- Media fill testing. This procedure must simulate the most difficult and challenging compounding procedures and processing conditions encountered by the person replacing all the components used in the CSPs with soybean–casein digest media.
Every twelve months
- Train staff in appropriate sterile compounding principles and practices.
- Return demonstration of competency.
Annually for low and medium-risk preparations and semi-annually for high-risk compounding.
Topics to cover include:
- Antiseptic hand washing and disinfection of nonsterile compounding surfaces
- Use of appropriate protective garb, such as gloves, gowns and masks
- How to maintain CSPs in a ISO Class 5 environment
- Protection of staff and environments from contamination by radioactive, cytotoxic and chemotoxic agents
- Measurement and identification of ingredients
- Proper aseptic handling of products, sterilization of high risk CSPs
- Proper labeling and packaging
In 2008, USP designated three levels of risk as it related to compounded pharmaceuticals, classifying those three levels as low, medium, and high. But now the chapter focuses on where the compounded preparation is being made, making the lines completely clear and eliminating frustration when trying to achieve compliance.
Category 1 would be any primary engineering control (PEC) located in a segregated compounding area (SCA), which is not ISO classified. This would be your typical satellite or oncology unit that doesn’t have HEPA filtered air or an anteroom. Category 2 becomes everything else. This would be any PEC located in an ISO classified buffer room, which is supplied by HEPA filtered air, and it is supported by an ante-room. The facility category determines the Beyond Use Date (BUD) of the compounded sterile preparation (CSP). See below for more information on BUDs.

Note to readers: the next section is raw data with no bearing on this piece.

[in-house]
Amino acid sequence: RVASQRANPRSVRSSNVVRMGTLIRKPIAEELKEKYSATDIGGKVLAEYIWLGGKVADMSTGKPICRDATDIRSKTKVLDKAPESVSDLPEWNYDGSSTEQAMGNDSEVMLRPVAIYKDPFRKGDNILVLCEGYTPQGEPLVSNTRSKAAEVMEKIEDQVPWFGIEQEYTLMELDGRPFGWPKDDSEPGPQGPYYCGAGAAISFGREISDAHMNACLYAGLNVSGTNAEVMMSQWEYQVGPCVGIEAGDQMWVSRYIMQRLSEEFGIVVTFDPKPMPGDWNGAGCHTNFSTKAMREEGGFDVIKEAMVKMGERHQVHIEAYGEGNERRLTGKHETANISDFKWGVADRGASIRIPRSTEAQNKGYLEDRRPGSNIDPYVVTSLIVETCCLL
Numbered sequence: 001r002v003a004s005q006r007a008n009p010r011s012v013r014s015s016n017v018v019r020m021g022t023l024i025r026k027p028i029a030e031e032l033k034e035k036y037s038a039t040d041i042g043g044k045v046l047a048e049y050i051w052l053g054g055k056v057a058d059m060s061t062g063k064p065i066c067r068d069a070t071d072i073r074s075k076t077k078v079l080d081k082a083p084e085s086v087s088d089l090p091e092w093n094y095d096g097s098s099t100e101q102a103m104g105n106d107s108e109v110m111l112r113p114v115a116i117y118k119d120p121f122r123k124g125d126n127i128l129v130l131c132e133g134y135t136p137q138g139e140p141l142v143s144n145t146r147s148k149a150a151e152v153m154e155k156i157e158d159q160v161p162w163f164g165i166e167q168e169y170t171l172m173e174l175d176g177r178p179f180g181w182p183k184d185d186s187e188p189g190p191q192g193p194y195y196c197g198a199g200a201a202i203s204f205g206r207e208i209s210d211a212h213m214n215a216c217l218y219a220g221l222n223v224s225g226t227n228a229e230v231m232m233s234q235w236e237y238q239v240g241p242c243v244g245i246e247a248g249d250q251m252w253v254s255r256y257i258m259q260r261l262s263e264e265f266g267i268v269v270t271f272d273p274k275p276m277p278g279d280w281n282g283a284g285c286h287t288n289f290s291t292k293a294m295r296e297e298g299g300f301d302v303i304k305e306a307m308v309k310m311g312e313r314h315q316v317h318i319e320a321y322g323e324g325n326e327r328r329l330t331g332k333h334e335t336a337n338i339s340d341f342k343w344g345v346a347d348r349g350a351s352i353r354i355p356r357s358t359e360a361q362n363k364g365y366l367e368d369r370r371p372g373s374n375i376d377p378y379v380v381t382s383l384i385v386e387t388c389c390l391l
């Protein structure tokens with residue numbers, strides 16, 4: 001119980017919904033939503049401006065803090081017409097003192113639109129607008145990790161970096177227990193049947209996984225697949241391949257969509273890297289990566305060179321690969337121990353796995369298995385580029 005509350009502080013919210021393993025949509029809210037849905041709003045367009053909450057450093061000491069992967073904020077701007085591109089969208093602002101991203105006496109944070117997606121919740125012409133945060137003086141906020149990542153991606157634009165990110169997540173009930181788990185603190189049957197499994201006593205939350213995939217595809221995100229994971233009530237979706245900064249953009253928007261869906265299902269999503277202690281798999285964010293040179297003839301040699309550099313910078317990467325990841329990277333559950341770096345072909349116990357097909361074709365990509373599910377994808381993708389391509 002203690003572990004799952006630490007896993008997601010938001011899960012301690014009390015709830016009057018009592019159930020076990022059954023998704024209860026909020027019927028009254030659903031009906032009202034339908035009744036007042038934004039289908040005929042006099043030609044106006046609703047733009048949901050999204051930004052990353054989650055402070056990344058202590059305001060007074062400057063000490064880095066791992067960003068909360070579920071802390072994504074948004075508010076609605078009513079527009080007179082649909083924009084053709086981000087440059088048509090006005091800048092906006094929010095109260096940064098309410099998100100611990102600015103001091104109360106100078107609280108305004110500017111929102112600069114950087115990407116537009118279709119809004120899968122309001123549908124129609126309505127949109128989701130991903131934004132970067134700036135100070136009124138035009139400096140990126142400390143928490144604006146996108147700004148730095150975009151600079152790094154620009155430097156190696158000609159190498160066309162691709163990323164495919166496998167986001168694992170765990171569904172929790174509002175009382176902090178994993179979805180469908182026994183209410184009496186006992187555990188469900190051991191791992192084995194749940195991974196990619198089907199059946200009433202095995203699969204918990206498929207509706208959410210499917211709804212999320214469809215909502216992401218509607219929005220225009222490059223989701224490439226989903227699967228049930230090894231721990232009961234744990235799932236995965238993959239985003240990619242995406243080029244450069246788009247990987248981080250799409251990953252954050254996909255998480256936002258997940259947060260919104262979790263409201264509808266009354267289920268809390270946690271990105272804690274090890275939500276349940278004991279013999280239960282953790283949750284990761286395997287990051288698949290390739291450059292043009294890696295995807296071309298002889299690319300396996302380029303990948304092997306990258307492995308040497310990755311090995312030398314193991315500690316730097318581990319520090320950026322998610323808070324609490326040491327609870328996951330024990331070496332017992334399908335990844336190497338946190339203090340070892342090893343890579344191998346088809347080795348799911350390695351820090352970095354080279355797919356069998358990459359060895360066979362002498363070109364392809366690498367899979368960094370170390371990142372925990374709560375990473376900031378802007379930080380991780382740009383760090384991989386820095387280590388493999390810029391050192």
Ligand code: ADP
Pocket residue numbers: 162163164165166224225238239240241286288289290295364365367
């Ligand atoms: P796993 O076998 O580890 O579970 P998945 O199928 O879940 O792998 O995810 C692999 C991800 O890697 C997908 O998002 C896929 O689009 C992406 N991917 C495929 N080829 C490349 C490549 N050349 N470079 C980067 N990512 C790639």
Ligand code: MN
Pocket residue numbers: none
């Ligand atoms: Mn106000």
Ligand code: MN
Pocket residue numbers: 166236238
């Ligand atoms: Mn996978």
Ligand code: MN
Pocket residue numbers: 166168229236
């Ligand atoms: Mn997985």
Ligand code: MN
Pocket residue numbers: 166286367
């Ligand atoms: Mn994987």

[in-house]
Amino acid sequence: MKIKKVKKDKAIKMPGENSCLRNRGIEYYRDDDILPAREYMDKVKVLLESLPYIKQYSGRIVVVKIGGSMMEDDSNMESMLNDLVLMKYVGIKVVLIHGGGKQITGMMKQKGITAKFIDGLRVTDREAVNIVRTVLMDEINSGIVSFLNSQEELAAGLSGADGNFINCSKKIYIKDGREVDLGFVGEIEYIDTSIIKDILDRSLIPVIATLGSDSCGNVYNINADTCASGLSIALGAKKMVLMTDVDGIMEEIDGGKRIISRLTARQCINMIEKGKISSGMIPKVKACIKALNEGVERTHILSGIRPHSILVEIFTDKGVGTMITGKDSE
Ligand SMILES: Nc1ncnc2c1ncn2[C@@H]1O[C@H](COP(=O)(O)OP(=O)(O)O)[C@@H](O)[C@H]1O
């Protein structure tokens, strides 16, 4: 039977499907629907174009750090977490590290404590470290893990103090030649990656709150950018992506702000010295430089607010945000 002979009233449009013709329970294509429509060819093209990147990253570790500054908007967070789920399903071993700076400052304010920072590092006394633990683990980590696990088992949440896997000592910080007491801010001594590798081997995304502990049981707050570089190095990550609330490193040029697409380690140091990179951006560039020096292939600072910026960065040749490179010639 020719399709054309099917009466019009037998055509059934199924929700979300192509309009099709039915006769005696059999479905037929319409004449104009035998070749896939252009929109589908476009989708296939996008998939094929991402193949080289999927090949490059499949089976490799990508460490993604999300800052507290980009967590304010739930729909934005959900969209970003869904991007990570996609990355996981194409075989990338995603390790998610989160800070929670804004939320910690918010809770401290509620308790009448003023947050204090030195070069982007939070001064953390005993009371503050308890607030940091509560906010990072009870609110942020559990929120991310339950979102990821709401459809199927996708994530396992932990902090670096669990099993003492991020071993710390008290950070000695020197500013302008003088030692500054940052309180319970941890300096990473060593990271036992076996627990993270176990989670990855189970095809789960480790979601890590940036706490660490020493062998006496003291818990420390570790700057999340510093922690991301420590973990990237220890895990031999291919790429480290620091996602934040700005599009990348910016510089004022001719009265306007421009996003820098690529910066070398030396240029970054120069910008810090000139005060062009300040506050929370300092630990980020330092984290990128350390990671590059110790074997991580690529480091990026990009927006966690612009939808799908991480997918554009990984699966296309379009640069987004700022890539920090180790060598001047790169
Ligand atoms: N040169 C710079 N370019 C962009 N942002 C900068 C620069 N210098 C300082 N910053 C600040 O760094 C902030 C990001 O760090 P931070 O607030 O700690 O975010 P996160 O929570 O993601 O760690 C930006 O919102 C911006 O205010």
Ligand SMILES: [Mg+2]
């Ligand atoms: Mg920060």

Policies and procedures
To comply with USP 797, pharmacies need policies and procedures that cover specific situations that arise during compounding. Templates and reference resources make the development of these policies and procedures easier and help ensure that staff knows what to do and how to document their actions. Areas that should be addressed in the policy include verification of accuracy and sterilization, environmental quality and control, verification of automated compounding devices for parenteral nutrition compounding, final checks prior to CSP release, storage and beyond-use dating (BUD), proper processing in the specific compounding environment, product quality control and patient monitoring and adverse effects reporting.
More on BUDs
A Category 1 Facility (PEC/C-PEC located in an SCA or C-SCA)beyond use date (BUD) is:
- 12 hours or less at controlled room temperature
- 24 hours or less when refrigerated
A Category 2 Facility (located in a Buffer Room with an Anteroom) beyond use date can be:
- Greater than 12 hours at controlled room temperature
- Greater than 24 hours when refrigerated
Keep in mind the chemical stability of the drugs being compounded. Please note that the chemical stability of some drugs may be shorter than the chapter default BUDs.